It’s easy to watch these scenes and conclude that the movie is laughing at Cher for being a dumb blonde and a busybody, but that’s an overly simplistic read. First of all, she’s not an idiot and she’s not completely devoid of compassion. In one scene, she proves that she remembers Hamlet better than a self-righteous college student does, albeit because Cher watched the Mel Gibson version. Because her single father is constantly working, she basically runs the household. When she realizes Christian wasn’t up-front about his sexual orientation, she doesn’t act like a brat about it. She accepts him for who he is and remains friends with him. (Clueless is not an aggressively progressive movie, but it did take some steps in the right direction for its time by focusing on teens that are gay as well as straight and Black as well as white, something that was astonishingly rare at the time.)
What’s both problematic and amusing about Cher is her ingrained belief that whatever she thinks, says, or does is correct, which is the very definition of white privilege. She has never really been challenged. She can sideswipe a car and the odds that she’ll ever face any real consequences for it are pretty much zero, because she’s well-off and has a litigious lawyer for a father.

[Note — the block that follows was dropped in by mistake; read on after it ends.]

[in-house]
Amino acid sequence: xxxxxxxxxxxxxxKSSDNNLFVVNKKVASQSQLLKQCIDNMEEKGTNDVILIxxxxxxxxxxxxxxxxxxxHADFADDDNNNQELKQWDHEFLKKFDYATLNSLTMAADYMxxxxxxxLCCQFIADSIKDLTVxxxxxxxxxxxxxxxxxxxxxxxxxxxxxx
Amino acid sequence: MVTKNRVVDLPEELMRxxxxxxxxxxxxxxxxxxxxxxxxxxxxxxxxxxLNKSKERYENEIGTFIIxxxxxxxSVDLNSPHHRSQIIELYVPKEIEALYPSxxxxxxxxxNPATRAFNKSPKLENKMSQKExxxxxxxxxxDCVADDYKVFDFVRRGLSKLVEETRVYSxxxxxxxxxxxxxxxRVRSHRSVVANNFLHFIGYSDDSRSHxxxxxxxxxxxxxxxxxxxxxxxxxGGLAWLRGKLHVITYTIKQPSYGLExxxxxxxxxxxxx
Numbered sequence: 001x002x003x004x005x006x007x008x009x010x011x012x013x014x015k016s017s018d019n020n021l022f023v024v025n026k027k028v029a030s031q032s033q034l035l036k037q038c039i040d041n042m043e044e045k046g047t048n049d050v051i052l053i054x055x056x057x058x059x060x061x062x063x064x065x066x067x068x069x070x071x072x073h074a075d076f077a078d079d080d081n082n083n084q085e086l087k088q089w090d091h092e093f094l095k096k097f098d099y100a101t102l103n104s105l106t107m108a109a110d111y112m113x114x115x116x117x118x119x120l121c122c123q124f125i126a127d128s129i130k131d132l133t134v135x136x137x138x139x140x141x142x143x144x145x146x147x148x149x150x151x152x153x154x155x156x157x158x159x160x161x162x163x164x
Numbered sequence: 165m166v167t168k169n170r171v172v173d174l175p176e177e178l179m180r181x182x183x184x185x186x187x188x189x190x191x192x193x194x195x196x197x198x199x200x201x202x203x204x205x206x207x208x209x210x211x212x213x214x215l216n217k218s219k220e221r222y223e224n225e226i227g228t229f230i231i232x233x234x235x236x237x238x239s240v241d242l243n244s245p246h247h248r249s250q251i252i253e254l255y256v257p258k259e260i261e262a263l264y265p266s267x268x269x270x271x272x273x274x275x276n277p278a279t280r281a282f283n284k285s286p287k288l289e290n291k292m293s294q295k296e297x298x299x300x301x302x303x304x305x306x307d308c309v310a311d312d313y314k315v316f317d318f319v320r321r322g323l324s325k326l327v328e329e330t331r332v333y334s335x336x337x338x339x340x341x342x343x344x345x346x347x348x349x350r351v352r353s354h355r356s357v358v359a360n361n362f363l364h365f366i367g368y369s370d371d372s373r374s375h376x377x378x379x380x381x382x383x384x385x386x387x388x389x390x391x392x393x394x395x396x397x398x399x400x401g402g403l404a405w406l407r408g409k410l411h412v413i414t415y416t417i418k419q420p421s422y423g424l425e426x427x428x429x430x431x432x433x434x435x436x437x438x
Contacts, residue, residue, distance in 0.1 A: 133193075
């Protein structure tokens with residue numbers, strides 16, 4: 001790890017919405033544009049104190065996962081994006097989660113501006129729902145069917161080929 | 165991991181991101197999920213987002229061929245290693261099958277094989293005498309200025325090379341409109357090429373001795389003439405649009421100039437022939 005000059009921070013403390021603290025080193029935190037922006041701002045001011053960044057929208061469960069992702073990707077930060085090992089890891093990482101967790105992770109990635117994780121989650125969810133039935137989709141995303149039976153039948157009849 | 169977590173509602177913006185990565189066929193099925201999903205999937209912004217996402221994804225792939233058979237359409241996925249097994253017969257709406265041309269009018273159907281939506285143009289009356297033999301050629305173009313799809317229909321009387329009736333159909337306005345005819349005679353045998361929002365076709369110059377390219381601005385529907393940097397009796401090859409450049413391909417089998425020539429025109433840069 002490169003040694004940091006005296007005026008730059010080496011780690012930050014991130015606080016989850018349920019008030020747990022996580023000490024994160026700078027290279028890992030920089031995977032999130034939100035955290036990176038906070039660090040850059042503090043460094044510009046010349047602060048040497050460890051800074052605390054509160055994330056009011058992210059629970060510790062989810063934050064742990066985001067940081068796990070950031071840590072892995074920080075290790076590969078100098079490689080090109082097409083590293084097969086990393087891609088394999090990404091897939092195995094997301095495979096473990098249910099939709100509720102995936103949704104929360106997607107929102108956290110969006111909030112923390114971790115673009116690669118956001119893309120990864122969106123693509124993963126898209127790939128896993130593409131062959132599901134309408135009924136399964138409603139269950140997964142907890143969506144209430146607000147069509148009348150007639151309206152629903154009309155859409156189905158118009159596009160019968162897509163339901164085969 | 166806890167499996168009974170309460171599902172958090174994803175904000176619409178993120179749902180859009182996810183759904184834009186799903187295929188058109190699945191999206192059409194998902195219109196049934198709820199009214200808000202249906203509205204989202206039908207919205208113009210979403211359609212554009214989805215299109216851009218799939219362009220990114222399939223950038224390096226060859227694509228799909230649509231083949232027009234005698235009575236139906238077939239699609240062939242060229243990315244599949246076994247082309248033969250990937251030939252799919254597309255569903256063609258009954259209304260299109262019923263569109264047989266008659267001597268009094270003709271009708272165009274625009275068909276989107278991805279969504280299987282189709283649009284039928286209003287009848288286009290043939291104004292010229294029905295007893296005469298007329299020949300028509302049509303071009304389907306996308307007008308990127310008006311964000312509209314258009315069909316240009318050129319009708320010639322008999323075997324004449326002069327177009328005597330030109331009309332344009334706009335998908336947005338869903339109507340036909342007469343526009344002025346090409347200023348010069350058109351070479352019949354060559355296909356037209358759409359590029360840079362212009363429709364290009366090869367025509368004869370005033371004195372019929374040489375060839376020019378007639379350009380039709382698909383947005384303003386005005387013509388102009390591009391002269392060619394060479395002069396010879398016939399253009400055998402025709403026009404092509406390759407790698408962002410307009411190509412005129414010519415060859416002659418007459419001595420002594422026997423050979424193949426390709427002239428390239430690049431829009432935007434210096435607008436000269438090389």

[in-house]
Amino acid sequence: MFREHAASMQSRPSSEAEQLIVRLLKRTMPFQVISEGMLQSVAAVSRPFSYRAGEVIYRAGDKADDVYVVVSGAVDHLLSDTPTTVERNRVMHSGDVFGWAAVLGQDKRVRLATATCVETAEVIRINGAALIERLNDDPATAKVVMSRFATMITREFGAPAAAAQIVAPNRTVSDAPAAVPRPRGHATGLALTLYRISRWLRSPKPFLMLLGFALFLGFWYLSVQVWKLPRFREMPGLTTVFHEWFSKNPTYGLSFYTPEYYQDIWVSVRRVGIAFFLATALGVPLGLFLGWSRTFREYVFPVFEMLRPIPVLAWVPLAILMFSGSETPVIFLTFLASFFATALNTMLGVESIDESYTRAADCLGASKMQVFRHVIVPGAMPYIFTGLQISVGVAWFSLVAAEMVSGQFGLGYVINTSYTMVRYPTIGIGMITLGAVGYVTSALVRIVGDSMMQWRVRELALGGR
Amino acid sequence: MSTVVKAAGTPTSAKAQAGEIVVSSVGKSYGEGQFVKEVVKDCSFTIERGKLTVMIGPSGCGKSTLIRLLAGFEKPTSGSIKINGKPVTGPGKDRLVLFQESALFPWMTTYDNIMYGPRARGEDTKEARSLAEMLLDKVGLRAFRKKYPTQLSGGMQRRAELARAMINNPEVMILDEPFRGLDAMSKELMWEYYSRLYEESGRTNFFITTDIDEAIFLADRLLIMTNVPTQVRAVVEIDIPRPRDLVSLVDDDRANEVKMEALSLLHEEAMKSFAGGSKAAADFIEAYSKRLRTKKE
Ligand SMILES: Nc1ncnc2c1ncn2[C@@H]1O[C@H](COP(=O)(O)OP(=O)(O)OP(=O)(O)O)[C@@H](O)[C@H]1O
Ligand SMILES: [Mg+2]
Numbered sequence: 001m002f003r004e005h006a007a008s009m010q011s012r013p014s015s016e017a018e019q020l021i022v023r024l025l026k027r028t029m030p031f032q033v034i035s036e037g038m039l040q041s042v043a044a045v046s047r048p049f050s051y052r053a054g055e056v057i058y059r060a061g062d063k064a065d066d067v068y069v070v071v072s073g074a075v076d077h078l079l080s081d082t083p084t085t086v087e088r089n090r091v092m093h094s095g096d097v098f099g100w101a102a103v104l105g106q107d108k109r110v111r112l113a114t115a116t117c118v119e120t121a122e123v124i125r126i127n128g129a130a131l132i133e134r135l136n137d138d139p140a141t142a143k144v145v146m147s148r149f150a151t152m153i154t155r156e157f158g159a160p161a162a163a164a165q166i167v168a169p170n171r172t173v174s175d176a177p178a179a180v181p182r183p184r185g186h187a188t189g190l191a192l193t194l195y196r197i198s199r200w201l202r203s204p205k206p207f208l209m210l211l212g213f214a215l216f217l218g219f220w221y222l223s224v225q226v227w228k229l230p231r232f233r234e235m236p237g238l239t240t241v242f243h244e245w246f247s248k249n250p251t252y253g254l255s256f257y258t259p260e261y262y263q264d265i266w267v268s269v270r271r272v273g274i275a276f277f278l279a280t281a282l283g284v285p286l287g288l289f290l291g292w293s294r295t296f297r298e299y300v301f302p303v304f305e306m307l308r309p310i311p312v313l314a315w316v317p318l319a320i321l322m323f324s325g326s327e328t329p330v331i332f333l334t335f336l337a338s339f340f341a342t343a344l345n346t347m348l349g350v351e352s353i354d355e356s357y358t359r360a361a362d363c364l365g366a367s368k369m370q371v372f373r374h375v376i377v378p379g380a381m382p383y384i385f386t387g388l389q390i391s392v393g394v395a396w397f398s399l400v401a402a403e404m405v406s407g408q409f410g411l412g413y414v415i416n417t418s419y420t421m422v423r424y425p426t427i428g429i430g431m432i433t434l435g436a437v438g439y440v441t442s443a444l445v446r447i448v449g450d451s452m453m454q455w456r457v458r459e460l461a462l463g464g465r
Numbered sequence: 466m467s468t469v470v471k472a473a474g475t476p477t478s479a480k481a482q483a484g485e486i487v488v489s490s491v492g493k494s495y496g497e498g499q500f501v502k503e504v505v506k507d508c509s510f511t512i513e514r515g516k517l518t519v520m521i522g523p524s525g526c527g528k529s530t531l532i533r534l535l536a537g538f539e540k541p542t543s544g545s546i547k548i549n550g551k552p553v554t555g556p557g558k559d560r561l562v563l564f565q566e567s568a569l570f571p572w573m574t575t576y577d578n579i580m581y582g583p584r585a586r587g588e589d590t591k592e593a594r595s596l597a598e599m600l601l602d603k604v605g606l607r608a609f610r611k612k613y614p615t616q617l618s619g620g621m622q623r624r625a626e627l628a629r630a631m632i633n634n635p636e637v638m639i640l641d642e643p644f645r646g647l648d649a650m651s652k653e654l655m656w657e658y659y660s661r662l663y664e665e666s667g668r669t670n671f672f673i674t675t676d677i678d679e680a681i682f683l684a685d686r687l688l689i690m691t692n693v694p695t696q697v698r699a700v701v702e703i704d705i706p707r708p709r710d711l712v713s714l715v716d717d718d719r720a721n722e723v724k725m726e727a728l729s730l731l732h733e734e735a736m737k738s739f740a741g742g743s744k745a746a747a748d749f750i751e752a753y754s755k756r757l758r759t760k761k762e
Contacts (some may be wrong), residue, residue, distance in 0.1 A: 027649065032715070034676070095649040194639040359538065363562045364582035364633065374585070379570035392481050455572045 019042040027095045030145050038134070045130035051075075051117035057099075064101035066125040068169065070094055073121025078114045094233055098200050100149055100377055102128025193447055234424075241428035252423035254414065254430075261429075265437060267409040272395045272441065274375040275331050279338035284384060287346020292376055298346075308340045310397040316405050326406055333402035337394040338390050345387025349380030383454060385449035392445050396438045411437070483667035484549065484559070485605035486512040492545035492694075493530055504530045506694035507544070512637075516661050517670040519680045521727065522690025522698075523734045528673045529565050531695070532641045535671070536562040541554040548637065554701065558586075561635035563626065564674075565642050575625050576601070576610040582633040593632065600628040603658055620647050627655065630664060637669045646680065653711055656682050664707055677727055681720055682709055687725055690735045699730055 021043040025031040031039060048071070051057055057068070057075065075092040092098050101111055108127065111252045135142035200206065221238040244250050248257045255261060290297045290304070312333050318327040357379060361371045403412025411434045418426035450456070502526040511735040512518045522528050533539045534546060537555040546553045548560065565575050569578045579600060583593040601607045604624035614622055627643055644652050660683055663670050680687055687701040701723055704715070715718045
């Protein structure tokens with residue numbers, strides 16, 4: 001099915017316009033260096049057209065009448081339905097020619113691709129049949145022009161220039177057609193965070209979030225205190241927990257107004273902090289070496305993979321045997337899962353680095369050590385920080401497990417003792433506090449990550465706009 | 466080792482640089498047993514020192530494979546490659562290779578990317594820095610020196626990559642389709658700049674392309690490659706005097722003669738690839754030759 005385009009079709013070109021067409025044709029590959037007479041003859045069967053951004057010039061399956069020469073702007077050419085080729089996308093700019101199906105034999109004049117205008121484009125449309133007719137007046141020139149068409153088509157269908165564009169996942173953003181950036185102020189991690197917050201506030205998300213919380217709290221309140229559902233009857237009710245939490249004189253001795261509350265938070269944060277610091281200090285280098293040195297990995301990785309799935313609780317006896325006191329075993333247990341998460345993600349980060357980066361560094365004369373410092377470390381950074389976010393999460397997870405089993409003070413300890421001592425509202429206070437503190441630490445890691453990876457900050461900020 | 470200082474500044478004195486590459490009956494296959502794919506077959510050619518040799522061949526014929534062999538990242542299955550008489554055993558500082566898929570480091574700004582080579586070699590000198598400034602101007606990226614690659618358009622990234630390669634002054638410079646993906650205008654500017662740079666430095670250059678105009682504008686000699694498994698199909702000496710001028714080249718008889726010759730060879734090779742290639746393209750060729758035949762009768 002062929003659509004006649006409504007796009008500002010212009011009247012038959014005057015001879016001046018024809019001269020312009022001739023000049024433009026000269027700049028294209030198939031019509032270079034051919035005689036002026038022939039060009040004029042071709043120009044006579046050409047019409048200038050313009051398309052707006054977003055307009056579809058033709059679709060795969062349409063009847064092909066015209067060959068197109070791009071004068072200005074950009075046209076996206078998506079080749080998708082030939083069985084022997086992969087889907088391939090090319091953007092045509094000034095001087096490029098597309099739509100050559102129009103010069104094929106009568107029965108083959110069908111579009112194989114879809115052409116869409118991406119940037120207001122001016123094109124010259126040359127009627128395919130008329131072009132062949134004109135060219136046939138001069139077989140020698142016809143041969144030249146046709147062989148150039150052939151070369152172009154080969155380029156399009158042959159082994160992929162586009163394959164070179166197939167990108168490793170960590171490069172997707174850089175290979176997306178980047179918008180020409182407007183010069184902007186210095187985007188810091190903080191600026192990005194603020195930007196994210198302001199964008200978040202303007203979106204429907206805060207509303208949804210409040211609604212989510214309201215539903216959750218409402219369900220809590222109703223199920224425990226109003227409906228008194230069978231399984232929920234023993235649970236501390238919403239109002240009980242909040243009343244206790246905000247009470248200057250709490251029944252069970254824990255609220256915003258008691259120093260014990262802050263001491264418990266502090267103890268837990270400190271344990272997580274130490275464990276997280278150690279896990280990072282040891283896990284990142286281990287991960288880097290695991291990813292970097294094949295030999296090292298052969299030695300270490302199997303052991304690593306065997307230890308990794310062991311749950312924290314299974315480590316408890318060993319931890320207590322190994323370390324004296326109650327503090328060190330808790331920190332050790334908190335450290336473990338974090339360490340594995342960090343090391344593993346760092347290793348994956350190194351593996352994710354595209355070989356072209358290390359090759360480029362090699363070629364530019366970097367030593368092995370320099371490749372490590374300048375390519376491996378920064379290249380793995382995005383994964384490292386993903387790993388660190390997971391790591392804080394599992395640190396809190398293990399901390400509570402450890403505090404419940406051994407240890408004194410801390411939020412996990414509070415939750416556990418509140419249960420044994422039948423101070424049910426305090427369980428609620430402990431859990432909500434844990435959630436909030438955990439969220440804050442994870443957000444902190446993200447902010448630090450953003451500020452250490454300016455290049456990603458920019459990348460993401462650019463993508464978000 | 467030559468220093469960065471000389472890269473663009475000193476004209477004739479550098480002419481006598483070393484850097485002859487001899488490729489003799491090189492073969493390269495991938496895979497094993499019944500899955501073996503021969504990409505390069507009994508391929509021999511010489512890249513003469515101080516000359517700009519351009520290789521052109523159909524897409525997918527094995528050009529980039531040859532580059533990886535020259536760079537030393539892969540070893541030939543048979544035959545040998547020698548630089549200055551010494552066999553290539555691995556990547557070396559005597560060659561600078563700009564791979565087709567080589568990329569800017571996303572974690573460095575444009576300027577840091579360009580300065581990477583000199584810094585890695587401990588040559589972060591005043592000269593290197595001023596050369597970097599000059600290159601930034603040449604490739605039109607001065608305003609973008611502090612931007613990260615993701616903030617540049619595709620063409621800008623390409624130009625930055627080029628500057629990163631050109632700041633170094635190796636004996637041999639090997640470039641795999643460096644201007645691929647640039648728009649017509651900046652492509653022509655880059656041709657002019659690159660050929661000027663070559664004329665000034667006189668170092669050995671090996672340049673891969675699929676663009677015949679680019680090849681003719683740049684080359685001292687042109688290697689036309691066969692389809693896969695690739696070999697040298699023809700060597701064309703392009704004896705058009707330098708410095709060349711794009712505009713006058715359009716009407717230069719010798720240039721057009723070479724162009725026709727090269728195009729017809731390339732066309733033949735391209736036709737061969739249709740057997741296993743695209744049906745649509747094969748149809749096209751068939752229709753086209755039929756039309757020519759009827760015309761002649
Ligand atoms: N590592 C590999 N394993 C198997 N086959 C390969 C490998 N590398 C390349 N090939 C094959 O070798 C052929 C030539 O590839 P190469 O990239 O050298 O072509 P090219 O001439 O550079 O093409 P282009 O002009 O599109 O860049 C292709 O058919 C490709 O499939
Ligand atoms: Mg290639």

The difference maker for her is Josh, who offers a perspective that’s contrary to what Cher’s inner monologue (which acts as the movie’s narration) has traditionally told her. At every turn, he calls her out on her rich white girl nonsense and lack of curiosity about what’s going on beyond the boundaries of Beverly Hills. Her growing respect and love for him is what ultimately makes her take a harder look at herself in the mirror, and not just to make sure her lip gloss has been properly applied.